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Ipswich woman who died in van crash had argument with partner, inquest heard

PUBLISHED: 08:17 19 February 2016 | UPDATED: 08:17 19 February 2016

The scene of the crash at the junction of Bramford Road and Sproughton Road

The scene of the crash at the junction of Bramford Road and Sproughton Road

The family of a woman who died in a crash in October 2014 say they have been left with “unanswered questions” about her death following an inquest yesterday.

Helen Scoines, 48, of Lone Barn Court, Ipswich, died on October 6 2014 after the van she was driving crashed into a wall at the junction of Bramford Road with Sproughton Road shortly after 11pm, leaving her with fatal head injuries.

At her inquest, held at IP-City Centre in Ipswich yesterday, evidence was heard from investigating officers that Helen had been involved in an argument with partner John Potkins, 46, prior to the crash.

The inquest heard that the pair were seen arguing outside their home by witnesses who described seeing him use “abusive language” and “push her to the floor”.

During the hearing, Mr Potkins denied he had abused her.

Helen then got into the driver side seat of the white Vauxhall Combo van they shared, with Mr Potkins climbing into the back of the van before she drove off, the inquest was told.

A police investigation observed CCTV cameras in the area, and took witness statements, of which several noted the van travelling at an “excessive” speed in the 30mph limit area.

The inquest heard that the van touched a portion of the pavement, which caused it to spin, first striking a traffic light pole on the driver’s side, before making impact with the wall.

A forensic investigation by police revealed that Helen had not been wearing a seatbelt at the time of the crash.

Enquiries by police had considered the possibility Helen had been distracted from inside by Mr Potkins, although officers found no evidence of marks on either of them to suggest there had been contact, it was heard.

Giving evidence at the inquest, Mr Potkins admitted that he could not remember what had happened after getting into the van.

Pc Andrew Fossey told the inquest that “no evidence” had been found of a distraction from inside the van, but admitted that “it couldn’t be ruled out”.

The inquest heard that Mr Potkins had also suffered head injuries in the crash, requiring more than 100 stitches.

A post-mortem examination revealed Helen had just 18mg of alcohol in 100ml of blood – well below the legal limit to drive, and officers indicated there was “no evidence she was using a mobile phone”.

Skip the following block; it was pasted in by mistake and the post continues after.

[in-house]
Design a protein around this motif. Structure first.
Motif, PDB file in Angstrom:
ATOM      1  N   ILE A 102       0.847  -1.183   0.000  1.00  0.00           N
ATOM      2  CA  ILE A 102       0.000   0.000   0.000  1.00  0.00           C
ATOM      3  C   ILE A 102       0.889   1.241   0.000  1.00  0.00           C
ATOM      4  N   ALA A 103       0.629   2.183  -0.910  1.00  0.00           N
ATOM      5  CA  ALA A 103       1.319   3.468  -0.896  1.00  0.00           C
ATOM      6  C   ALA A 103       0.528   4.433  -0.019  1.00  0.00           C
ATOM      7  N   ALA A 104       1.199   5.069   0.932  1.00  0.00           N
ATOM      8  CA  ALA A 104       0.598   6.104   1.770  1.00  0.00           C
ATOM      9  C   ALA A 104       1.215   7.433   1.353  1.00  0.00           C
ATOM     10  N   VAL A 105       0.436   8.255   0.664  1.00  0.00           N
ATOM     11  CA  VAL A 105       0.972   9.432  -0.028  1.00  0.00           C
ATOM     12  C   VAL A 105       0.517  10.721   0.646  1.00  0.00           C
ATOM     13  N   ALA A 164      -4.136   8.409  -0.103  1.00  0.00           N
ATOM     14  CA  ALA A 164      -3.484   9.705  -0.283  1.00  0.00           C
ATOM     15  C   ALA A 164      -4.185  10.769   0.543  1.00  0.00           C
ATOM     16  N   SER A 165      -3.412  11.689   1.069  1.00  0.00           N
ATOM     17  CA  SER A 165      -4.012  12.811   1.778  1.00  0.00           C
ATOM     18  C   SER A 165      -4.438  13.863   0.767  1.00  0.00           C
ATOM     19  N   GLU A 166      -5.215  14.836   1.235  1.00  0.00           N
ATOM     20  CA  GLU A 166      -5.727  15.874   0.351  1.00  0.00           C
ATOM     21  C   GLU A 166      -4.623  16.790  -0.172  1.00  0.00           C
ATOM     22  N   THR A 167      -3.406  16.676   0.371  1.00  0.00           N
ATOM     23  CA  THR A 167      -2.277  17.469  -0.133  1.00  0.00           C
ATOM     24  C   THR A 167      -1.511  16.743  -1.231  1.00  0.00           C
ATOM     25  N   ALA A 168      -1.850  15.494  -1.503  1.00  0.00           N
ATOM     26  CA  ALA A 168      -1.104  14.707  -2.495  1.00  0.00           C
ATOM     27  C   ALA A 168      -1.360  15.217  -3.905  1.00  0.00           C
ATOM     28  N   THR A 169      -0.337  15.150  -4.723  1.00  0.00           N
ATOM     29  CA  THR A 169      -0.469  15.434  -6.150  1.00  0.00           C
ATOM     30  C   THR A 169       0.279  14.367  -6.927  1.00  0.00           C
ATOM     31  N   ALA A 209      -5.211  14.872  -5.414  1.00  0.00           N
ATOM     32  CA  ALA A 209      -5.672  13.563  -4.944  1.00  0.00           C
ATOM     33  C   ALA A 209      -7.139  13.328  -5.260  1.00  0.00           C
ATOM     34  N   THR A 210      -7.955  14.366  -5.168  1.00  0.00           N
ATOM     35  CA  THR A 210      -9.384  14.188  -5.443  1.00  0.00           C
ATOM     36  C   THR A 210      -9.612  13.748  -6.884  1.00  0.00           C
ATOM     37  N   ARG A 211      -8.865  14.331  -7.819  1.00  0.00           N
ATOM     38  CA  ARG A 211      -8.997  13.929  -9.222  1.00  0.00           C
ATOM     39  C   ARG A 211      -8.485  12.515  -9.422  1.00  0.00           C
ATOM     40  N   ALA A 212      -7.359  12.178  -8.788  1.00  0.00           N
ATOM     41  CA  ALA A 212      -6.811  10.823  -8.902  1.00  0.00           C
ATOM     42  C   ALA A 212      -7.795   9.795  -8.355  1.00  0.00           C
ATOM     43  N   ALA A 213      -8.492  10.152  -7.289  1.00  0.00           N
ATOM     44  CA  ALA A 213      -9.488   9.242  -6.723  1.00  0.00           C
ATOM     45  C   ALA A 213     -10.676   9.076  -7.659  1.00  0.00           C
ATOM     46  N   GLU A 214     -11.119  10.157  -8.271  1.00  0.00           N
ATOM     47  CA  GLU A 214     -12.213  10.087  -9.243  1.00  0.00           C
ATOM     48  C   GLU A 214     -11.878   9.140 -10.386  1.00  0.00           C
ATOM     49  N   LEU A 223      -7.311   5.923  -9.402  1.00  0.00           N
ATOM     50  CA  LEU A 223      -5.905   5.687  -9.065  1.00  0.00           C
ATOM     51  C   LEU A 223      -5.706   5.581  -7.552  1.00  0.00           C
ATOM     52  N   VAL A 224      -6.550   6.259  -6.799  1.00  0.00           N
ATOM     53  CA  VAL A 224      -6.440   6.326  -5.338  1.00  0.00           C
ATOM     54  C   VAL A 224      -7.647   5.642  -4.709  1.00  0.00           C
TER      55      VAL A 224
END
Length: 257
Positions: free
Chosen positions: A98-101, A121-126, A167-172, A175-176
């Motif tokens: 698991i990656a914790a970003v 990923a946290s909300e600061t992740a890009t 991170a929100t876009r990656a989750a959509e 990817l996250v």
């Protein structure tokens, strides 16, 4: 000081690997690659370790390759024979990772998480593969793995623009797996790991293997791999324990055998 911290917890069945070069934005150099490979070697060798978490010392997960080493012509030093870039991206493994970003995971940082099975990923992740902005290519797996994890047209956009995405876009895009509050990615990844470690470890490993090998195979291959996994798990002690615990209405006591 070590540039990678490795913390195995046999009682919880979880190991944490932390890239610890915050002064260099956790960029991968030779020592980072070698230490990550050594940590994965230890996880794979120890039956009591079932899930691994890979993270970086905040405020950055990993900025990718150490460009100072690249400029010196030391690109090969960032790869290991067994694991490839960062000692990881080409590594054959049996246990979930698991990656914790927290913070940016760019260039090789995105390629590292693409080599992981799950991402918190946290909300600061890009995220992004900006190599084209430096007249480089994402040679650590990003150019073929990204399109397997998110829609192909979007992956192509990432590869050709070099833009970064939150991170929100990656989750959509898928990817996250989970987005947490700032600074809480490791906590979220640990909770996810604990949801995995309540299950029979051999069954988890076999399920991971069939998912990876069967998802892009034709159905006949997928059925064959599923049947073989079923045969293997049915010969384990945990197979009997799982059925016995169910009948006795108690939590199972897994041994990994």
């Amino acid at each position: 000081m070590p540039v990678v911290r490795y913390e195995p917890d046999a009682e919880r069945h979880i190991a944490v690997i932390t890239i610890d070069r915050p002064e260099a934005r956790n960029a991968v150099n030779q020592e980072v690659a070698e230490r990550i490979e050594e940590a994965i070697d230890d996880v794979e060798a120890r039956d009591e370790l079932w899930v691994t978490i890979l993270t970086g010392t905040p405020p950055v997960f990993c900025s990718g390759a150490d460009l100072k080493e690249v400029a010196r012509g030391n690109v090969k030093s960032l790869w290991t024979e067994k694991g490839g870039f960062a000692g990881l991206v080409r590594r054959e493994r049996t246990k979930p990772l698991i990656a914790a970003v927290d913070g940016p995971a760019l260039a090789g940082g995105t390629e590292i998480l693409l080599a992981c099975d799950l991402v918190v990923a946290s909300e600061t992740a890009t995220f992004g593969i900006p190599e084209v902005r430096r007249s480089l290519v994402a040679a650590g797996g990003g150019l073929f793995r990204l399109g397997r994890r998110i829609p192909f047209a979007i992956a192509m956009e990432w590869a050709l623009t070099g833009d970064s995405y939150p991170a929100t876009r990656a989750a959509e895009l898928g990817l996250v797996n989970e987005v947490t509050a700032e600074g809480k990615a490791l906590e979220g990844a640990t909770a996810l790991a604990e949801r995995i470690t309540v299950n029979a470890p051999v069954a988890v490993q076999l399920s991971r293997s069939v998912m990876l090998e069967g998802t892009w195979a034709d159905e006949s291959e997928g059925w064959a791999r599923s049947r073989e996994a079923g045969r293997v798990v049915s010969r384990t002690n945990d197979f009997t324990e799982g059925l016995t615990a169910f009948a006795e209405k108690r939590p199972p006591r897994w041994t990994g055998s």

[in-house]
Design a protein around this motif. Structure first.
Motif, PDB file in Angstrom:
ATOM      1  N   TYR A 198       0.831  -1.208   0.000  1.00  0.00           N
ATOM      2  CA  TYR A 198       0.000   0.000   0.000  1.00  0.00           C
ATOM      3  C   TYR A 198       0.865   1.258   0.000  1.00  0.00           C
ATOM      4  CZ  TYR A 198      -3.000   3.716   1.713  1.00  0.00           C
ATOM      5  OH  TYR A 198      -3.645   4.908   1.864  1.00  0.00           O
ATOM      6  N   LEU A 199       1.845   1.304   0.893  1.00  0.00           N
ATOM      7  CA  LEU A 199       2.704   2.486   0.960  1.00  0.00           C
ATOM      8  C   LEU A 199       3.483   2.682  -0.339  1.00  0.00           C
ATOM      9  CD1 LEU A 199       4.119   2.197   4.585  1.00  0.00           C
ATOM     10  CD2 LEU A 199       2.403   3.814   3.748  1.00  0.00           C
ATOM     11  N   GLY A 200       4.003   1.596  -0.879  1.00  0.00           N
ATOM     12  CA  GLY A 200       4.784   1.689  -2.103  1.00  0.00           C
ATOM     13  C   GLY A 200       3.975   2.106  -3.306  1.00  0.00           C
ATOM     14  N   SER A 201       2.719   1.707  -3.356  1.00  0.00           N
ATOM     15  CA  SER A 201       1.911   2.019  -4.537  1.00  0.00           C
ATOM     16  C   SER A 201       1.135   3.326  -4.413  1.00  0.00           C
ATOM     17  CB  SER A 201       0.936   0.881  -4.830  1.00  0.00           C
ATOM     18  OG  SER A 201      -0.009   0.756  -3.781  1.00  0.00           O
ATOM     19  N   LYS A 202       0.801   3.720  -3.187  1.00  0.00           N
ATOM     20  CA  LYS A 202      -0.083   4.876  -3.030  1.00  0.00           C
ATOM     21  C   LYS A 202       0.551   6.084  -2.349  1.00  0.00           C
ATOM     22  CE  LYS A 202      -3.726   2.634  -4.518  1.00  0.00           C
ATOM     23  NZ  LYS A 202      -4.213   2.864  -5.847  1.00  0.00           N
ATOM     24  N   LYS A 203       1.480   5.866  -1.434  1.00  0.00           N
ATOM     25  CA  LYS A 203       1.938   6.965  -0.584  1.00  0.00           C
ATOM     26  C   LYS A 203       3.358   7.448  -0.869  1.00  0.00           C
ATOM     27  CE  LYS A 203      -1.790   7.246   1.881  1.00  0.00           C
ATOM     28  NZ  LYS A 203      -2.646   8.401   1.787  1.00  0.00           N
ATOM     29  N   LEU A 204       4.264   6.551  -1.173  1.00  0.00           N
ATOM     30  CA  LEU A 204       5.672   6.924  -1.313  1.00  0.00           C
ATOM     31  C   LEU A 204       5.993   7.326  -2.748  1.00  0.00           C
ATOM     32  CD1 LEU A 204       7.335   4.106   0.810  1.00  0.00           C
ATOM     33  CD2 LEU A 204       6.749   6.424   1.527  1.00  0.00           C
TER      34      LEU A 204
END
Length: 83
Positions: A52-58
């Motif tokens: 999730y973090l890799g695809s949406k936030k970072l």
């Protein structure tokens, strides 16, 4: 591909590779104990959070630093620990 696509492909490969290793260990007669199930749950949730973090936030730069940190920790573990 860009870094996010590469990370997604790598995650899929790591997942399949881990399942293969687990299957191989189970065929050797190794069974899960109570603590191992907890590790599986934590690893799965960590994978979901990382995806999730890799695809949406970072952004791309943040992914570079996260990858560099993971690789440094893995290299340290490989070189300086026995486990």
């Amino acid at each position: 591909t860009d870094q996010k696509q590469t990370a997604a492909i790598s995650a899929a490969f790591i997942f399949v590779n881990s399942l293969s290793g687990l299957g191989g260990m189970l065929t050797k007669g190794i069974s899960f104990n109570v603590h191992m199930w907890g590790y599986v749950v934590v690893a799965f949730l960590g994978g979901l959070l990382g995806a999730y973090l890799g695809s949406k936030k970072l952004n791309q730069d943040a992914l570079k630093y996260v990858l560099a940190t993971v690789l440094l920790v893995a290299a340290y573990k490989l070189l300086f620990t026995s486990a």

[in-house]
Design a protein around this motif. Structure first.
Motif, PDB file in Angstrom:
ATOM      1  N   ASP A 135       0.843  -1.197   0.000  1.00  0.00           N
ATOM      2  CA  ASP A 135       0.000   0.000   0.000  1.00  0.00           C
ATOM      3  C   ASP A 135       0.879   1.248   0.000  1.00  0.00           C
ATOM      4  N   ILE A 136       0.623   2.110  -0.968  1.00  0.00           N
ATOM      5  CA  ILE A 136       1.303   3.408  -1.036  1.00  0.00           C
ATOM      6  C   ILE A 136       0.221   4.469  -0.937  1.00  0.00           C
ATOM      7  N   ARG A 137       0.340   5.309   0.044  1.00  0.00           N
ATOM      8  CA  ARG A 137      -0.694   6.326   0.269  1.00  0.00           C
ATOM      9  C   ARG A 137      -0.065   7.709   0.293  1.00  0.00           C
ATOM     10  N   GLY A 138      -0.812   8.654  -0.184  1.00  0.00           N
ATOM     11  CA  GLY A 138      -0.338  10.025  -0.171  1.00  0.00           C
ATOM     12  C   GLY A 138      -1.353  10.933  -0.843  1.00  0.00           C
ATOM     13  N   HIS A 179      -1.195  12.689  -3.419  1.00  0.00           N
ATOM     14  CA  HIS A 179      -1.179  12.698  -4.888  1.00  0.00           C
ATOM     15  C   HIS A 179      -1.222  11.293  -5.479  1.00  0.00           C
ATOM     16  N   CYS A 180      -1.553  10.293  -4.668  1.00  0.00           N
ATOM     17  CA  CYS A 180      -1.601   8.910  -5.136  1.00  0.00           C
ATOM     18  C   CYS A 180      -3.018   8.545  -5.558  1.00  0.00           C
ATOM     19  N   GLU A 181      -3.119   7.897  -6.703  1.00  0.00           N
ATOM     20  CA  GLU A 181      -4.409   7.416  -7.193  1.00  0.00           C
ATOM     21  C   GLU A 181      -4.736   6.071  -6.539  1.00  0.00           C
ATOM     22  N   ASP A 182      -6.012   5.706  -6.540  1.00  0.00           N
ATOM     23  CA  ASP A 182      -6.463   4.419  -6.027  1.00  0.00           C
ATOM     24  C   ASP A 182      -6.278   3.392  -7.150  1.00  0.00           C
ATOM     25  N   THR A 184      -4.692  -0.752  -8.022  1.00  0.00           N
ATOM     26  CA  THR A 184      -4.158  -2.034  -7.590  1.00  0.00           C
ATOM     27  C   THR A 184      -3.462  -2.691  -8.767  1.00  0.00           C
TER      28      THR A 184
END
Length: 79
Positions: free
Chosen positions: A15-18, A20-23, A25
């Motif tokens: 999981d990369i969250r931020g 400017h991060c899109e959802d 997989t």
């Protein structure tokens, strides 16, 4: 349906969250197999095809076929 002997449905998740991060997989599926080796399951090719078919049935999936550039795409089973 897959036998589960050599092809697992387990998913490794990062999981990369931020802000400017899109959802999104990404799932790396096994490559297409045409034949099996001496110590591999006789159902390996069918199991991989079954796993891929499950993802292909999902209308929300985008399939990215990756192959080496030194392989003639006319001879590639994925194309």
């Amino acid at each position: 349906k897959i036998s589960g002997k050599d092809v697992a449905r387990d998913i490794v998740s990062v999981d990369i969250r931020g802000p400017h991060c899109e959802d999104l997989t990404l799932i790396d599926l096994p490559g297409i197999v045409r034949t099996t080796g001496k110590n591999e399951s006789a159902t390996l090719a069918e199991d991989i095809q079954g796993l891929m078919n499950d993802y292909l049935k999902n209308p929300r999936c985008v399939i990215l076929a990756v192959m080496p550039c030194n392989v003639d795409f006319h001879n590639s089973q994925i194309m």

Mr Potkins had been arrested on suspicion of manslaughter and abuse charges in the aftermath of his recovery, but the Crown Prosecution Service found there was not enough evidence to charge him. The police and the family both unsuccessfully appealed against the CPS decision, the inquest was told.

Coroner Dr Peter Dean recorded a narrative verdict, and said: “We do not know what happened in the vehicle that night.

“We cannot and do not know exactly what happened to cause the very tragic impact itself, but clearly it was an impact that led to the loss of Helen.

“My thoughts are very much with the family and all those touched by the events.”

The inquest heard that Helen had expressed to friends plans to leave Mr Potkins, but did not want to do so on his birthday – the night of her death. Paying tribute to Helen, her family said in a statement: “Our daughter Helen was gentle, caring and generous. She had only that day begun a new career opportunity and was looking forward to a brighter future where her enthusiasm, creativity and friendly nature could shine.

“She is dearly missed and her sudden loss in unresolved circumstance was cruel in every way.

“A number of questions surrounding Helen’s death remain unanswered, as only the people involved in the incident know the truth of what happened.

“Despite a full investigation into the circumstances we remain unclear on how Helen came to crash the vehicle she was driving. Our thoughts today remain with our daughter, who will forever be in our memories.”

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